• 0 avatar
          DenverMike

          They camouflaged the old truck nicely, but it’s still the same at its core.

        • 0 avatar
          Drzhivago138

          Is there a source for this? I’m not doubting you, in fact, I want to believe you, I’d just like to see some “official” verification.

          It would just tickle me pink if FoMoCo used the same castings on the Super Duty (but in steel rather than aluminum) as the F-150. I wonder how much it costs Ford to run two distinct lines of full-size trucks. Especially since when you consider the times–in 1997, even to put a different grille/front clip on the new “jellybean” F-150 and call it a Super Duty would’ve gotten them laughed out the He-Man Woman Hater’s Club. But now the F-150 body is suitably butch that Ford could take the same route as what Dodge/Ram and Chevy/GMC have done all the time, and save a little money in the process.

          EDIT: This is in reply to bball40dtw.

          • 0 avatar
            DenverMike

            Drzhivago138 – Actually Ford might shock us all by reuniting the F-150 and Super Duty bodies, both in aluminum. Except the Super Duty line would help amortize the development costs of the alloy F-150s, almost 2X as fast. The F-series sells far more HD pickups, as a percentage, than GM and Ram. And Ford sells class 4, 5, 6 and 7 MDT trucks, in addition to, where as Ram stops at class 5 and GM stops at class 3 (one tons).

            Obviously, with every pound you save, that’s an extra pound of cargo and equipment you can legally carry. And that becomes more critical with big commercial trucks pushing for max payload. That’s clearly spelled out for each separate class (not individual models/brands like ‘light trucks’) and checked at the scales.

          • 0 avatar
            bball40dtw

            The SuperDuty is not going to an aluminum body. I have no idea if they are using the same castings for the F-150 on the next SuperDuty. I will find out in a couple weeks. The last time I talked to anyone about it was a few months ago. No one wanted to confirm that it is “an all new platform” but I’ve consistantly heard that it will be, “The most significant update since the introduction of the SuperDuty.”

            Derek also has a number of Ford sources. I expect him to annouce correct information before anyone else. Other publications have doubted some of his stories, only to have egg on their face. A good example is a diesel in the F-150. Another site refuted Derek’s post about that happening by asking a named for marketing person at an auto show. That’s no way to get a straight answer.

  • avatar
    87 Morgan

    I would think you have to give he nod here to Morgan. If you consider the 4/4, Plus 4, Plus 8, and roadster the body design is/was relatively unchanged since the 50′s. The interior was updated to reflect modern necessities, air bags as an example, bit the bonnet, wings, and doors are virtually identical in both size and manufacturing method.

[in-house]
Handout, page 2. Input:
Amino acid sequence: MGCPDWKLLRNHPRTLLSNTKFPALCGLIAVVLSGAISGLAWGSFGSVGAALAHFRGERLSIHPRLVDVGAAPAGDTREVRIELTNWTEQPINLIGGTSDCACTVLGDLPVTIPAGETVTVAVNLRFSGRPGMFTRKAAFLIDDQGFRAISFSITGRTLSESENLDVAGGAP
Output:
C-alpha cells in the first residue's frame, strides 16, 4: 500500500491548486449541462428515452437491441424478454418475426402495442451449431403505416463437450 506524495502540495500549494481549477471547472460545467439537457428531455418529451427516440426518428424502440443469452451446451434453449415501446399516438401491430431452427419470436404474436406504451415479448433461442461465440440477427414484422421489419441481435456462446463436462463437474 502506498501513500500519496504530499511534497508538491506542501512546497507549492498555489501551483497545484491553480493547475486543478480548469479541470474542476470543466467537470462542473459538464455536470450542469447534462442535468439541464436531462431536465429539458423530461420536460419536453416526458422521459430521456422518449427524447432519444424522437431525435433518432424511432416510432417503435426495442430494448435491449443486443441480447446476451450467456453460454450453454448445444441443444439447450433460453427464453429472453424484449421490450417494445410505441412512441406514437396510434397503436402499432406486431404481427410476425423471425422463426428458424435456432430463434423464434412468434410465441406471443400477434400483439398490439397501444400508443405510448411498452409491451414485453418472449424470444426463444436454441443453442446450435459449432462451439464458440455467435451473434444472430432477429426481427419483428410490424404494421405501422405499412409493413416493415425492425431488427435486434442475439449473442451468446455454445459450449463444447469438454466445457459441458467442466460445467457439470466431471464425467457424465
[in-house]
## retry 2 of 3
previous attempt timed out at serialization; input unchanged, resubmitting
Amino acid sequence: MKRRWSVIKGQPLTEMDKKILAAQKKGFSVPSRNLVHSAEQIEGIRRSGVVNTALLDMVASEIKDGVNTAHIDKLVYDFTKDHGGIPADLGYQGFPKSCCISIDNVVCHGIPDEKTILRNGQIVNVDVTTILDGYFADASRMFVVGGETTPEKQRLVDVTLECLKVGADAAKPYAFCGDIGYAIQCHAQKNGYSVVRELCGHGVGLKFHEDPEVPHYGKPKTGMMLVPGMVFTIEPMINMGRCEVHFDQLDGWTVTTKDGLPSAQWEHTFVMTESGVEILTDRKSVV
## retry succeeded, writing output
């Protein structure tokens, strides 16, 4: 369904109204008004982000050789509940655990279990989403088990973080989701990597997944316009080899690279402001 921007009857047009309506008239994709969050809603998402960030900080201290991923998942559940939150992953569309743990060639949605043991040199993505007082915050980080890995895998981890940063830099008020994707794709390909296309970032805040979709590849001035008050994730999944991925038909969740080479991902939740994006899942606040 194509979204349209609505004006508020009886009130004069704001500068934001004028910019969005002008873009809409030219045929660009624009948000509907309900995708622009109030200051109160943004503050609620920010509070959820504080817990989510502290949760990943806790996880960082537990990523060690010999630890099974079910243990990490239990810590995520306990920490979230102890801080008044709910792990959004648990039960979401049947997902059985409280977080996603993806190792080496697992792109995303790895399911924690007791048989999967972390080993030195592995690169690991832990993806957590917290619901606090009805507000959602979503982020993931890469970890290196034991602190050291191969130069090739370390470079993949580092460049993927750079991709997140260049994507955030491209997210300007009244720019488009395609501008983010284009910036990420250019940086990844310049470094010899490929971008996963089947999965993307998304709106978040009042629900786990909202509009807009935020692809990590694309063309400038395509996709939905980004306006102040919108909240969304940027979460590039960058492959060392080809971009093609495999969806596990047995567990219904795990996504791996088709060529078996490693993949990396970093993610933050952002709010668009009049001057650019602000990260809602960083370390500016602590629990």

The drivetrains evolved as they changed suppliers and or suppliers updated there power train offerings. Rover to BMW and Fords upgrades to there four banger mills.

    Morganeering is the pinnacle of automotive awesomeness!

    • 0 avatar
      wmba

      I agree with the Morgan 4/4, which came out before WW2. Same car as today with the ridiculous sliding- pillar front suspension that first crawled out of the nether world in about 1902, and a cart rear axle just like some of today’s pickup trucks suspended on semi-elliptic leaf springs. The 4/4 and its immediate predecessors were clanking down country lanes before Porsche even had the glimmer of an idea about the KdFwagen.

    • 0 avatar
      krhodes1

      And Fiat and Triumph engines as well.

      I think the Morgan pretty much has to be the answer to this question.

  • avatar
    ajla

    The Panther lives on in my heart.

  • avatar
    Joss

    Mmmmm cream my crusty old buttocks in a Humber Sceptre Hunter.

  • avatar
    Victor

    The Fiat Uno is said to be still being assembled in Pakistan by Raja Motors. That’s a 1983 car.

  • avatar
    Lorenzo

    There are too many individual standards to achieve anything but flame war on this topic. My own standard is not any unchanged model car, but any vehicle type that is recognized as that type of vehicle throughout it’s manufacture. In that case, a tank, a yellow school bus and a standard Greyhound bus are the top three, with the first modern tank appearing in 1917, by Renault, taking top honors for longevity and the school bus with the least-changed exterior. So… how many here have ridden in all three?

  • avatar
    Ratsnake

    I’m late to the party, but Mercedes Gelandewagen seems like the only competitor to the Land Rover–the question being which set of glacial pace changes resulted in the creation of a “new” model.